I recently returned from my third trip to Pakistan, an important country at a strategic crossroads where the Middle East, Central Asia, and South Asia meet.

For the last seven years, the United States has not focused enough attention on Pakistan. Currently the United States spends more in one month in Iraq—about 12 billion dollars—than is has in the last five years in Pakistan.

With a population of more than 160 million people, Pakistan is more populous than Russia. It is also at the nexus of some of the most important security challenges the world faces: nuclear weapons, international terrorism, endemic poverty, and political reform. The remnants of the Taliban and Al Qaeda have used Pakistan as a staging ground for attacks in Afghanistan, as well as the rest of Pakistan. A State Department report released earlier this year found that terrorist attacks in Pakistan doubled from 2006 to 2007, and the number of Pakistanis killed in these attacks quadrupled.

I visited the park in Liaquat National Bagh where former Prime Minister Banazir Bhutto was killed last December. Bhutto's assassination came in the middle of a heated election campaign, where the main issue was discontent with how President Musharraf ruled the country. Elections were postponed due to Bhutto's assassination. Musharraf's party was soundly defeated in these elections, and the political parties that formed the new coalition government are still debating what moves they will make about Musharraf.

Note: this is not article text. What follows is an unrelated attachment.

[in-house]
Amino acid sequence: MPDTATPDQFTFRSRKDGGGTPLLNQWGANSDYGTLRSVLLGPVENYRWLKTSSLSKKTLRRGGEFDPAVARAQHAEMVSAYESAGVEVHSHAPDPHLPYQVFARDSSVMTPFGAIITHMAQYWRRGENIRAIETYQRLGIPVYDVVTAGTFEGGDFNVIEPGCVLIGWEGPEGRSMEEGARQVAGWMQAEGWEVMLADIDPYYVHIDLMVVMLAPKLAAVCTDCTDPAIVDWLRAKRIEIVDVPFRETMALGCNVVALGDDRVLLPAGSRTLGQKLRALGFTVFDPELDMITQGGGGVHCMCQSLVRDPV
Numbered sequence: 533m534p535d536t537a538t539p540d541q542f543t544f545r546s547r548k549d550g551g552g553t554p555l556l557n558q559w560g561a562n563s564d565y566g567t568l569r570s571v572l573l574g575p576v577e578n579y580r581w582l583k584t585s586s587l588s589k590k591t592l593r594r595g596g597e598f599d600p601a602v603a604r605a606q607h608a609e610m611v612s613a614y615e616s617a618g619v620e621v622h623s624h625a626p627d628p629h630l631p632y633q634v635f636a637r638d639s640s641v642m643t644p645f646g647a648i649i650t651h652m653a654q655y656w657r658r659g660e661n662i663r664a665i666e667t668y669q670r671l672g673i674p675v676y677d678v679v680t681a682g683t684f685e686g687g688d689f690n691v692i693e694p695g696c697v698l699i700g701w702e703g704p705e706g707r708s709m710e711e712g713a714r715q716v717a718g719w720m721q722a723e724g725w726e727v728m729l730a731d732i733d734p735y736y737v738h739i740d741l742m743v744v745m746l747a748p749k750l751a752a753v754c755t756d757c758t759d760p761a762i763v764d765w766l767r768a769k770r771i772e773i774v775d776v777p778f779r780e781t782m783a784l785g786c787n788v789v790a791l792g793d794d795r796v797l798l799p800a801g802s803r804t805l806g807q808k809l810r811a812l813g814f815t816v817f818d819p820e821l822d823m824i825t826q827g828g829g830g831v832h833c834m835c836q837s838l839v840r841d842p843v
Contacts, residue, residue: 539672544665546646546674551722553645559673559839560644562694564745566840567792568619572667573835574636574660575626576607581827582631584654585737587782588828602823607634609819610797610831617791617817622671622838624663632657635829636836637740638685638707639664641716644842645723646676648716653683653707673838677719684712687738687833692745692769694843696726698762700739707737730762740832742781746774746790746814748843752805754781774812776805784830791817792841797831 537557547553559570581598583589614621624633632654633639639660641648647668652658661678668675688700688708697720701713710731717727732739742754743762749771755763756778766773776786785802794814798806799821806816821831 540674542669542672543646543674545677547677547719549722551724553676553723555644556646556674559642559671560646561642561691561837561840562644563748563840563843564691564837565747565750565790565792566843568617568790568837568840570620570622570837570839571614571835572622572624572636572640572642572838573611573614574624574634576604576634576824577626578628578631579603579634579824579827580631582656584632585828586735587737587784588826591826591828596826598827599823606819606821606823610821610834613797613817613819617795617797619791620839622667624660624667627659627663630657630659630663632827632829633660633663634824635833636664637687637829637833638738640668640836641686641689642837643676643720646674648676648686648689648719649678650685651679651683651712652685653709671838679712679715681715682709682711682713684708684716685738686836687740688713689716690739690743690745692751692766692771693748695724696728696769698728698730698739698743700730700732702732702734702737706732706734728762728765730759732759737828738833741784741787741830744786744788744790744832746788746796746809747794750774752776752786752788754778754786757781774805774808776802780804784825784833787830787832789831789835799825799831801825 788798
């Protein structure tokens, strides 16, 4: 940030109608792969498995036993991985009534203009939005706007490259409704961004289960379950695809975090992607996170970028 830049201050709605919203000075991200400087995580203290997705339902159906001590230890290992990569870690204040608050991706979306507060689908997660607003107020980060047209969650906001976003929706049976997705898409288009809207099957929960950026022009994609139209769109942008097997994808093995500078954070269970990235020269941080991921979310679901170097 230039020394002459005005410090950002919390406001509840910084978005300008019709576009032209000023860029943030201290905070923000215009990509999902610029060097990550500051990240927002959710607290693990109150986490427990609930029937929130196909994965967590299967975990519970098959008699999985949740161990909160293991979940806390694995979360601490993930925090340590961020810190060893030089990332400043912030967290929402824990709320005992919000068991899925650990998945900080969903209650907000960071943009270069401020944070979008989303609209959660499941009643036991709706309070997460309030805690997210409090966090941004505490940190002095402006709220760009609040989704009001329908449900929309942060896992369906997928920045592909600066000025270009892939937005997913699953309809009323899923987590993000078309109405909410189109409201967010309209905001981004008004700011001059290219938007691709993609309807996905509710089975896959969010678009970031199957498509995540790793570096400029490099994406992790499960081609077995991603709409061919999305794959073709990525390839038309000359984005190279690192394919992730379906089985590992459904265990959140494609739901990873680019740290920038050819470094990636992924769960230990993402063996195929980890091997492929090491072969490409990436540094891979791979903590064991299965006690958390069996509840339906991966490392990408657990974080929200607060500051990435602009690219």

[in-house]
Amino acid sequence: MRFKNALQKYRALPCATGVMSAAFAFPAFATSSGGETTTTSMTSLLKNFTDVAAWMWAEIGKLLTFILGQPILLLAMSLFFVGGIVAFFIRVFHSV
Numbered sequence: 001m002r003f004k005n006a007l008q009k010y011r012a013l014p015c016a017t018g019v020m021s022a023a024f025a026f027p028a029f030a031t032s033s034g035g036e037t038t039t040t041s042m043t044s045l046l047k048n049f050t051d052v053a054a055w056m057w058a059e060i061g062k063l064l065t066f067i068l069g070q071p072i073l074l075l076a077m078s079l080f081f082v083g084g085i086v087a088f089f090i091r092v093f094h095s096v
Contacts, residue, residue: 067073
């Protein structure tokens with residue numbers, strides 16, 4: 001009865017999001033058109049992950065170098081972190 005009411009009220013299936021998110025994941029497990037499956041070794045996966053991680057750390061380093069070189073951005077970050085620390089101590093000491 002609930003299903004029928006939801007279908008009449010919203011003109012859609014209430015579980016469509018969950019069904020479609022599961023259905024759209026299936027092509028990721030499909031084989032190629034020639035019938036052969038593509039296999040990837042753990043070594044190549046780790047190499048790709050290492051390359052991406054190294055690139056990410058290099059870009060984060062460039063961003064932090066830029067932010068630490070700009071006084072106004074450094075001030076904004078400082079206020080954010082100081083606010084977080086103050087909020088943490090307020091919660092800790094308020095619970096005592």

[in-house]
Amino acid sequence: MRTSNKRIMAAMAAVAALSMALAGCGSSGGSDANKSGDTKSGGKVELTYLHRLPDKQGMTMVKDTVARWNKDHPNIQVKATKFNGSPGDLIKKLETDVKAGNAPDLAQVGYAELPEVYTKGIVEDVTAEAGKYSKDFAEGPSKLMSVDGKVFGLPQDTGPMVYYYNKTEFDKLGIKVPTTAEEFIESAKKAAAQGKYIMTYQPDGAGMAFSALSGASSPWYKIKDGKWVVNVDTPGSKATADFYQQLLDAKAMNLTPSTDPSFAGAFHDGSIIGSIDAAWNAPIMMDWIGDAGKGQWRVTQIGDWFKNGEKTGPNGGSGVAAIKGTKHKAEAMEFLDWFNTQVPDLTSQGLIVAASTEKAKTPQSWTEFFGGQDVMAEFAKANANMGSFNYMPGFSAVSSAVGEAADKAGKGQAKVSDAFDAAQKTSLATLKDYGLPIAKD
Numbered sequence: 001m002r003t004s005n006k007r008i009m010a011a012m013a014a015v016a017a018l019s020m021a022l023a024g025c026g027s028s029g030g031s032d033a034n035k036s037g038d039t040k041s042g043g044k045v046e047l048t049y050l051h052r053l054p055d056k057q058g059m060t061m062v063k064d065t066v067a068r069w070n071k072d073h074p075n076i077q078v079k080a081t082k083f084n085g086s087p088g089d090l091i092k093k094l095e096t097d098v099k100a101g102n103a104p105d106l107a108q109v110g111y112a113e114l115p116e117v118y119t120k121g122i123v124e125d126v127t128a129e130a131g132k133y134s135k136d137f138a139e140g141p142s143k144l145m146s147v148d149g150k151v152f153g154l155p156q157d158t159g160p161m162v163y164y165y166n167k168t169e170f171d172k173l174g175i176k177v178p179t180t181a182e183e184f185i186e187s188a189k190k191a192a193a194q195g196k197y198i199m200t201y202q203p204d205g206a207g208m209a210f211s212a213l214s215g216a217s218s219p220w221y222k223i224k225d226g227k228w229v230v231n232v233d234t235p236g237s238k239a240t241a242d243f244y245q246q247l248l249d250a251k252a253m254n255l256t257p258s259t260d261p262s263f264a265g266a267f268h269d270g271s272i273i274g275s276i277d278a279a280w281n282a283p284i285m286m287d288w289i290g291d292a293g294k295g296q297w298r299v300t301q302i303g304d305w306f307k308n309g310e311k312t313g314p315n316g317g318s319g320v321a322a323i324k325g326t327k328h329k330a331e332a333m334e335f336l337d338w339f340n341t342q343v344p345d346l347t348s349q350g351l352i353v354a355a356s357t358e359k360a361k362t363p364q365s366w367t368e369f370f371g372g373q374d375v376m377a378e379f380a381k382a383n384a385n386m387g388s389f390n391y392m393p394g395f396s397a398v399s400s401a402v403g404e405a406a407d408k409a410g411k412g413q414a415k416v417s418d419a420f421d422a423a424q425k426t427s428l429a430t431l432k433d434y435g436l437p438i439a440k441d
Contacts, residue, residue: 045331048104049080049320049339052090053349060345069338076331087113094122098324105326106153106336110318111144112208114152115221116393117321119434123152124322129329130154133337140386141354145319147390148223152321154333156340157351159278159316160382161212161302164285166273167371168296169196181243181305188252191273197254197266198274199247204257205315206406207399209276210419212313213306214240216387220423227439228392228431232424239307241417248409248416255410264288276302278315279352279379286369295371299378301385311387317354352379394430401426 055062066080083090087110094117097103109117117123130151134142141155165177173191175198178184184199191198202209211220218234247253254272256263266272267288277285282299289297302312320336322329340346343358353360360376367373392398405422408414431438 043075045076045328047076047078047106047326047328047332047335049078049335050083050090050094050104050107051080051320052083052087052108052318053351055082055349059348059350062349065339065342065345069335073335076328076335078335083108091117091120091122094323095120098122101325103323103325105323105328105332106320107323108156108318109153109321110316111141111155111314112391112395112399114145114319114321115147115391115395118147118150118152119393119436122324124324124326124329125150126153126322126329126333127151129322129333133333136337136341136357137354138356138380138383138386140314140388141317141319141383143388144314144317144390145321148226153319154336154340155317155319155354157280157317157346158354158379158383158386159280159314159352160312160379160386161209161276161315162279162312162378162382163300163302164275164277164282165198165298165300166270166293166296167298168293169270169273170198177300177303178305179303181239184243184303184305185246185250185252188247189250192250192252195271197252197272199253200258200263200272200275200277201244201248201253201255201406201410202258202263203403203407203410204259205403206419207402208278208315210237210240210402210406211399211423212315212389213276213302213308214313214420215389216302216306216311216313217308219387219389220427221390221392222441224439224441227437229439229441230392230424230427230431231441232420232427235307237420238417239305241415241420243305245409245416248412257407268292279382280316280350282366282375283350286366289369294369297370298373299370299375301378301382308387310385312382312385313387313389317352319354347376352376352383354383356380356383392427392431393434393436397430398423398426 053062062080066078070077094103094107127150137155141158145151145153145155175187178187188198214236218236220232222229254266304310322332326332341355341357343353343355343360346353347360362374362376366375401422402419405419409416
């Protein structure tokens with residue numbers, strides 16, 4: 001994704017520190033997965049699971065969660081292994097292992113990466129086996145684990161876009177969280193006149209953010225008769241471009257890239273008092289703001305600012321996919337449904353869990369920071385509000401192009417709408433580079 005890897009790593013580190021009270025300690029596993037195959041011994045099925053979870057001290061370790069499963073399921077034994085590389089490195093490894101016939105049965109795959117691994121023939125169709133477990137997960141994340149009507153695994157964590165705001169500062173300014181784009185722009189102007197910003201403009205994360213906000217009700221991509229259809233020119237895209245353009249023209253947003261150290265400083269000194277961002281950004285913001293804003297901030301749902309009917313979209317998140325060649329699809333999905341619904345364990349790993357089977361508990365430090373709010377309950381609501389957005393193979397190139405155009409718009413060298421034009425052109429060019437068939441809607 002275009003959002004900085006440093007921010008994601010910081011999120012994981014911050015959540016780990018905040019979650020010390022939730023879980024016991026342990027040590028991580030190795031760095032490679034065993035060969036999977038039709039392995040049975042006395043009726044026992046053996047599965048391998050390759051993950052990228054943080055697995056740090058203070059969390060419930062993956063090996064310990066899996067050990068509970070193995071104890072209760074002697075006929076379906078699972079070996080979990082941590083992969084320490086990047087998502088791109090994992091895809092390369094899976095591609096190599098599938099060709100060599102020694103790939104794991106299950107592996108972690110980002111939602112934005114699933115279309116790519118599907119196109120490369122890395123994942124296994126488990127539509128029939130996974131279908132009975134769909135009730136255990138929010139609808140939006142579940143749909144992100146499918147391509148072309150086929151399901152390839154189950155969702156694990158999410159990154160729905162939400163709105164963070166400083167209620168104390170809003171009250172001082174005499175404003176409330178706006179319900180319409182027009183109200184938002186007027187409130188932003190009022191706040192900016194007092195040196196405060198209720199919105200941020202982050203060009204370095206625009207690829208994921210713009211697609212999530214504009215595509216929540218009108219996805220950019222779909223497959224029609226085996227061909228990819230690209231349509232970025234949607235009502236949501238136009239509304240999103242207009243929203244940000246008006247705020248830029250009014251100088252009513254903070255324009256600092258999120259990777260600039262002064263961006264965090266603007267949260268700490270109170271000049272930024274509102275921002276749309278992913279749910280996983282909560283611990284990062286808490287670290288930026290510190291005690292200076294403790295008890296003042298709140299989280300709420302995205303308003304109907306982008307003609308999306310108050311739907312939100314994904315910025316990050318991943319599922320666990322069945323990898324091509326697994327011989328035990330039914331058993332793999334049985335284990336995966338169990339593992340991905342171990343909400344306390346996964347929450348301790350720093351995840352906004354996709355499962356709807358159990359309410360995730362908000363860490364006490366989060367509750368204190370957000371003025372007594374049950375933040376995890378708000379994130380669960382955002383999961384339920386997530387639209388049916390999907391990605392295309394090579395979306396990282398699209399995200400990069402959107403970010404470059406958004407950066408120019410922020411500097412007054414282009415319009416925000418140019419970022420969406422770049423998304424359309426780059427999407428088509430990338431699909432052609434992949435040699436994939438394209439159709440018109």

As Pakistan's leaders deal with the country's political future and face serious security problems, new economic challenges have emerged. Pakistan's inflation rate is currently at a 30 year high. Historic increases in food and gas prices are major problems for ordinary Pakistanis. And in April, in the city of Multan, riots broke out because of electricity shortages.

These challenges present and opportunity for the United States to make a shift from the Bush administration's current focus on a Freedom Agenda that narrowly looks at voting and elections and instead adopt a "prosperity agenda." A prosperity agenda would place a higher priority on the basic needs of people and countries like Pakistan. And by demonstrating to people in Pakistan that we are going to use our leadership to help them solve their problems, we are more likely to get support from Pakistan in our efforts to combat terrorist groups and stop the spread of nuclear weapons.